Differential Fluid Vs Transmission Fluid (7 Reasons Which Is Better)



What’s better between differential fluid vs transmission fluid is a hot debate in most automobile forums and threads. One group of car campers said diff fluid is better. But another group said transmission fluid is better. 

But why do they claim this? Or Is there any valid reason? 

Simply, the purpose and functionality are the most crucial difference between diff and transmission fluid. When the diff fluid works great for manual gearboxes, the transmission fluid works efficiently on automatic transmission systems. 

If you are eager to know elaborately, get in touch with us. In this post, we’ll invest everything in detail under multiple parameters. 

Differential Fluid Vs Transmission Fluid Comparison Table

Knowing the key differences is the super shortcut way to get a grasp idea of the fluid differences. This comparison table will showcase all the basic information on both fluids for your convenience. Let’s have a birds’ eye view. 

Features Differential fluid Transmission Fluid
Types 2 types (Mineral and Synthetic)2 types (Automatic and Manual)
Used for Manual transmission Automatic transmission 
Viscosity grade70-80W-90/1400W-30/40
Heat ResistanceHigher Lower 
Pressure handling capacity HigherLower 
Cleaning CapabilityNo cleaning ability Super oil cleaning ability 
Oil changing interval 50000 to 60000 miles30000 to 100000
Compatible vehicles Truck, Jeep, and any large vehicles ATV, UTV, motorcycle, and most passenger vehicles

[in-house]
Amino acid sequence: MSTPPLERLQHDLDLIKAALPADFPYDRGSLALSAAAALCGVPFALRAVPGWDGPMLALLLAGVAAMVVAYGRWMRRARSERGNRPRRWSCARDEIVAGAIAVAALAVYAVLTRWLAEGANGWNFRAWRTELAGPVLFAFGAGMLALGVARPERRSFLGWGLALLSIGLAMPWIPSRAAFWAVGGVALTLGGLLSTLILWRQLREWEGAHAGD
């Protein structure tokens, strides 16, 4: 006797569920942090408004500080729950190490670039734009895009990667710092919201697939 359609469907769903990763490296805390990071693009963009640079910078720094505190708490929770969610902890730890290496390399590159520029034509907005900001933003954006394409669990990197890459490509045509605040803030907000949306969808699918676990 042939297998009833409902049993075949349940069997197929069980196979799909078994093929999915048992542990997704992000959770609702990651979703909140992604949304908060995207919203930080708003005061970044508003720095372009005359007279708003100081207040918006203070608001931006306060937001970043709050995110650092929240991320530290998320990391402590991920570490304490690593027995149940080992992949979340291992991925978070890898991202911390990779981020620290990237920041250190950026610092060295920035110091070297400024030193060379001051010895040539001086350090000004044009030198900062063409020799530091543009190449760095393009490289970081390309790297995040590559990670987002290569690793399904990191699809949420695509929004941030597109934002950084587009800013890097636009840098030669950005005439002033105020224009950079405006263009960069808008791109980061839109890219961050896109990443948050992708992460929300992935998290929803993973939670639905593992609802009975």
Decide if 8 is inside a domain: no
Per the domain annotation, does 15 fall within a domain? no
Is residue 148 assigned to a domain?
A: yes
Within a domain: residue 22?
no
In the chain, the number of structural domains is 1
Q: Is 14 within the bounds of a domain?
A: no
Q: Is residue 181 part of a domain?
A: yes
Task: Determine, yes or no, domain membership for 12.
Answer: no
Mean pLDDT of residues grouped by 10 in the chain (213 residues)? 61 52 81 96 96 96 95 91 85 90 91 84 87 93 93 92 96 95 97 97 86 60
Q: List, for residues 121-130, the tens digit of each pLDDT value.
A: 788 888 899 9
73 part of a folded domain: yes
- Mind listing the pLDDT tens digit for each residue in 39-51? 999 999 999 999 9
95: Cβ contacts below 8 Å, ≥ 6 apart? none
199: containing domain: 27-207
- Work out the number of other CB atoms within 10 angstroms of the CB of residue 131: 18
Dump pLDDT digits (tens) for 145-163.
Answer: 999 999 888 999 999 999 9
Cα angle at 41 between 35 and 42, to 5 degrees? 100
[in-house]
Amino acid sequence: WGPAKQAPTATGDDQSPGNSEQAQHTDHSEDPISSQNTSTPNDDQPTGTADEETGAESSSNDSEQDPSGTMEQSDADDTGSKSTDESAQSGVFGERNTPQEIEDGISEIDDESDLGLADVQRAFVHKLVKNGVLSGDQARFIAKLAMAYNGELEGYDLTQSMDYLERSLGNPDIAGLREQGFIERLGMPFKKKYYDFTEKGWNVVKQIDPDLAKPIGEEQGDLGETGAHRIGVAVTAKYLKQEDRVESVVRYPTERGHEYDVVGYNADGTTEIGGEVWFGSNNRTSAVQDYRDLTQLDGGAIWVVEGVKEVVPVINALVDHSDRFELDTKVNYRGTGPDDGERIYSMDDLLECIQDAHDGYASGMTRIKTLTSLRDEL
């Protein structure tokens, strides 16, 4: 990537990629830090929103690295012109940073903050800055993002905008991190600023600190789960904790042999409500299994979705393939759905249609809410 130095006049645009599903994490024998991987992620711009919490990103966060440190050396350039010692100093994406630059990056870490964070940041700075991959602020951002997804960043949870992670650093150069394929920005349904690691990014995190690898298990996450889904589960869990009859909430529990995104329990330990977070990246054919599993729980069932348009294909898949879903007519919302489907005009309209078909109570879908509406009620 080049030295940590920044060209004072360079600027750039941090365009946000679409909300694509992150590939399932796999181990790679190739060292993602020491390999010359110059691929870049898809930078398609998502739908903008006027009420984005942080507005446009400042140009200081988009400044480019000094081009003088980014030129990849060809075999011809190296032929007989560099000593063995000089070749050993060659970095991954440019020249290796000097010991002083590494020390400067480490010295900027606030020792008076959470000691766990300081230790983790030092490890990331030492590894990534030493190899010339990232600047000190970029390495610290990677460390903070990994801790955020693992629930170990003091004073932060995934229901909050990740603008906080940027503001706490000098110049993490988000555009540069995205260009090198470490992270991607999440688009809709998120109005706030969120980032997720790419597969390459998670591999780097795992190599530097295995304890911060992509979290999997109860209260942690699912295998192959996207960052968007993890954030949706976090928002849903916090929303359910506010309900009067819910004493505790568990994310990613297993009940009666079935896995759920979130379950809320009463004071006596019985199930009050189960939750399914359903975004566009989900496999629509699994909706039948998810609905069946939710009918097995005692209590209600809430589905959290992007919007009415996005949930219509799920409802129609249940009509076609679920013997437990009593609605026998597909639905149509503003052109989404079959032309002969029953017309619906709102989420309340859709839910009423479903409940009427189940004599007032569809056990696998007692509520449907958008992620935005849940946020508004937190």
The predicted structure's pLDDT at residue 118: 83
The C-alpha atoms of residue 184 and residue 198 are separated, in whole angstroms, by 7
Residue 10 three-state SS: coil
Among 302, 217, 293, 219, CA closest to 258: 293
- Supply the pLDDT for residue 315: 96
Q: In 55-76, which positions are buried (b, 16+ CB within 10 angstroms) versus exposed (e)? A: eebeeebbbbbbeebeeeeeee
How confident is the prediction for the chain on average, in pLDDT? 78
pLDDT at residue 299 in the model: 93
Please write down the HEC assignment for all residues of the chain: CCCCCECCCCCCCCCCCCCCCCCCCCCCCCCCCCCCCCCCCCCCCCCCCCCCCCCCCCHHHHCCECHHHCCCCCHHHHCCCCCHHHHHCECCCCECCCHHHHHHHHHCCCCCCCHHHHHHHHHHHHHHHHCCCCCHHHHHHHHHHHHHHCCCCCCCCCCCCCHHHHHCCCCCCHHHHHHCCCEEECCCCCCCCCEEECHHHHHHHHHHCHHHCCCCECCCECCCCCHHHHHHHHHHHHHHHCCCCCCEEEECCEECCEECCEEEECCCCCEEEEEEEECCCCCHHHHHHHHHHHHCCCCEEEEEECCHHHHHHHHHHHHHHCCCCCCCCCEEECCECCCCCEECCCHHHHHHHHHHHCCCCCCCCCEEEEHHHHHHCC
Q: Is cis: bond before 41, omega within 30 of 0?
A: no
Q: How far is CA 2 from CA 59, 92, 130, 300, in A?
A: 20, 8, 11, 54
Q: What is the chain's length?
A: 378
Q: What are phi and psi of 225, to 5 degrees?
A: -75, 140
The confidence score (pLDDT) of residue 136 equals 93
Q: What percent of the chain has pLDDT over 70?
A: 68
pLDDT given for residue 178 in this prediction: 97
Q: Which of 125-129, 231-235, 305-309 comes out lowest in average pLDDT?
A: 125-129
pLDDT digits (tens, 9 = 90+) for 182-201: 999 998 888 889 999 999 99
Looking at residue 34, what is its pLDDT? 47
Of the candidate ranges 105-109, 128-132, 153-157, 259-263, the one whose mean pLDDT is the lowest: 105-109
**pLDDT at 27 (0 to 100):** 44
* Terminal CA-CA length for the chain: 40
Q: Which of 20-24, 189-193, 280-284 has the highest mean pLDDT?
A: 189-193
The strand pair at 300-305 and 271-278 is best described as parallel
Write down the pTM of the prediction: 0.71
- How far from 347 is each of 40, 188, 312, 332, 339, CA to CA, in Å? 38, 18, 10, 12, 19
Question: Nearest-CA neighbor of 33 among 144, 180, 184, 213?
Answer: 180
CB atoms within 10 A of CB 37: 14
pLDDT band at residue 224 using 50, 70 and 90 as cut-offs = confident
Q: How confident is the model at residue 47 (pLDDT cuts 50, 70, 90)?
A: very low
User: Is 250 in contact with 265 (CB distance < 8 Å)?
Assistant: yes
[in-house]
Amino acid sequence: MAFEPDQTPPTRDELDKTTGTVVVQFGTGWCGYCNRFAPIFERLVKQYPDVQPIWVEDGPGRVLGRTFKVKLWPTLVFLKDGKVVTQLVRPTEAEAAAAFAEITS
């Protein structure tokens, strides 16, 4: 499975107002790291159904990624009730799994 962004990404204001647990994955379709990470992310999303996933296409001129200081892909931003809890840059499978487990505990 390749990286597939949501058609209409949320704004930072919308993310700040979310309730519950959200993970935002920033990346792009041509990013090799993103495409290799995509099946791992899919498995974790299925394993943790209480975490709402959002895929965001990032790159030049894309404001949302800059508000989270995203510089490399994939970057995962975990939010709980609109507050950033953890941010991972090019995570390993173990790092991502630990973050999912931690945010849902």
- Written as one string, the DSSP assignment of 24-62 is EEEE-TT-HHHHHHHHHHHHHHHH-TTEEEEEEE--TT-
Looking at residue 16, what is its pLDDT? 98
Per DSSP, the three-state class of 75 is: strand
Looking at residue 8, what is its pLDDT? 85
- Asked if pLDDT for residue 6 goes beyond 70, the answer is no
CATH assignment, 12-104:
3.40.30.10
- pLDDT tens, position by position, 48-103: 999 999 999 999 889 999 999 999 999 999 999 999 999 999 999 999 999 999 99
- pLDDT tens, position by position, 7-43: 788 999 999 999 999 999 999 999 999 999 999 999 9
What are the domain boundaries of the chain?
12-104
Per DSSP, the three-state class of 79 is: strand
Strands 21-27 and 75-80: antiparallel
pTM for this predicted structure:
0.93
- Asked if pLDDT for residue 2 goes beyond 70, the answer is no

You must get a quick overview from the table, but that isn’t enough to determine which is better. So you should check the below words to enrich your knowledge about diff and transmission fluid. 

Overview of Differential Fluid 

Diff fluid is also known as gear oil, as its main function is lubricating the gearboxes to ensure better rotation during transmission. It also helps to cool multiple gears in the automobile. So the vehicle gears won’t lock up or break due to overheating. 

Since the oil contains sulfur to ensure proper lubrication, it looks slightly thicker than transmission fluid. You’ll even get a bitter smell like rotten eggs from the oil because of sulfur. 


  • Faster lubrication in rear clutches, gears, and bearings
  • Ensure the potential condition of your vehicle’s differential for a longer time 
  • Offer the best handling in high-pressure and stressful situations 

Overview of Transmission Fluid 

The fluid which transfer power to the vehicle’s hydraulic parts or engine to support its transmission is called transmission fluid. It prevents internal parts engagement of the transmission system. So the transmission stays cool after running high mileage.